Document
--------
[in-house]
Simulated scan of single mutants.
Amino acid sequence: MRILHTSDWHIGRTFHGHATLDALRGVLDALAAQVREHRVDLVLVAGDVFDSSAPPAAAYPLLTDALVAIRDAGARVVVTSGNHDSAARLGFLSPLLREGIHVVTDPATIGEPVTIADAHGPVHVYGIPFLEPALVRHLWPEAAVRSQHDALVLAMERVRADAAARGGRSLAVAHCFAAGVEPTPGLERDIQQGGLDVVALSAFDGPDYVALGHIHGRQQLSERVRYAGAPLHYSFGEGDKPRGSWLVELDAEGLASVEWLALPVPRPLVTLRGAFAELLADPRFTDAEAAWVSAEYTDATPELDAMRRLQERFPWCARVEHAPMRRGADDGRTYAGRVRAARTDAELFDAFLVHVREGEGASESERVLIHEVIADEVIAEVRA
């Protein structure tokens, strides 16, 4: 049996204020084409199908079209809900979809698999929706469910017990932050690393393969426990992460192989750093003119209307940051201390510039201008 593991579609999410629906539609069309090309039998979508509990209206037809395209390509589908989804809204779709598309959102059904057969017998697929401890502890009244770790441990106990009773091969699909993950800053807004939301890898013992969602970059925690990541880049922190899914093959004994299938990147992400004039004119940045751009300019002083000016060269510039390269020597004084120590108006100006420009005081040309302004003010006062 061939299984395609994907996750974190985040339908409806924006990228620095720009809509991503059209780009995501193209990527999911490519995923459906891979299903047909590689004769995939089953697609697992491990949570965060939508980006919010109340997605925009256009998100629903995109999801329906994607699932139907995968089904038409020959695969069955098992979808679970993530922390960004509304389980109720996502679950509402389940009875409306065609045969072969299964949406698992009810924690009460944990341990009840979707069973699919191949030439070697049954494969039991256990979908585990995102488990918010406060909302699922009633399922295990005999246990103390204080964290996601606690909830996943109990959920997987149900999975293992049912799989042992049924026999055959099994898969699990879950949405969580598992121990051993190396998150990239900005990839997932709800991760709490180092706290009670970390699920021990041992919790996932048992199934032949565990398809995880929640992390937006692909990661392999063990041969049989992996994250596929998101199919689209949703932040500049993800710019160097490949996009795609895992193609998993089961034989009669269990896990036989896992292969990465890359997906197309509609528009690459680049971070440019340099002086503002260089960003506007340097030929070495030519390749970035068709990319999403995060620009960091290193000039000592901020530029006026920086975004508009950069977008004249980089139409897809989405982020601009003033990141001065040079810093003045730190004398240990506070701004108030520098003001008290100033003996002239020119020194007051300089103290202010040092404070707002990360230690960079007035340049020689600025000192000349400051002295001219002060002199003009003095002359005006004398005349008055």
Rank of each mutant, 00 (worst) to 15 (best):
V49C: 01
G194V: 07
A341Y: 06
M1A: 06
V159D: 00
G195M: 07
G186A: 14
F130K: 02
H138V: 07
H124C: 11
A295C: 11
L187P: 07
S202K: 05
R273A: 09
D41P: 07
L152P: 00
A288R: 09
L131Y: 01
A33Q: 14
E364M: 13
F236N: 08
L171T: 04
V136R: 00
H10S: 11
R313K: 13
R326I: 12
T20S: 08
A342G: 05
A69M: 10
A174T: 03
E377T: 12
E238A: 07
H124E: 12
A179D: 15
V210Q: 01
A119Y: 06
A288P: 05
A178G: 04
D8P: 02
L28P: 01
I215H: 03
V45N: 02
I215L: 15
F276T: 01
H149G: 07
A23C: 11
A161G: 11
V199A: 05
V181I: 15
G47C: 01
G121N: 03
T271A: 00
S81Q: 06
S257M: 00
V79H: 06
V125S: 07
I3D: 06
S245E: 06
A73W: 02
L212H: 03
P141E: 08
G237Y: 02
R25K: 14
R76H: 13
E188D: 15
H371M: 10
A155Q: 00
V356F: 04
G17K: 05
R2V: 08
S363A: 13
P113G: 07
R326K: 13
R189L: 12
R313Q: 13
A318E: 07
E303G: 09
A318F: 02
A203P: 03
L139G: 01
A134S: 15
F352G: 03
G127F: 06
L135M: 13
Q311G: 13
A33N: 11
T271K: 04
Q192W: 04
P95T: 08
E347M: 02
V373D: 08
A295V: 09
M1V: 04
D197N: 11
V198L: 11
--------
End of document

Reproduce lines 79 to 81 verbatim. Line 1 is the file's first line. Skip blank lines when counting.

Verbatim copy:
R189L: 12
R313Q: 13
A318E: 07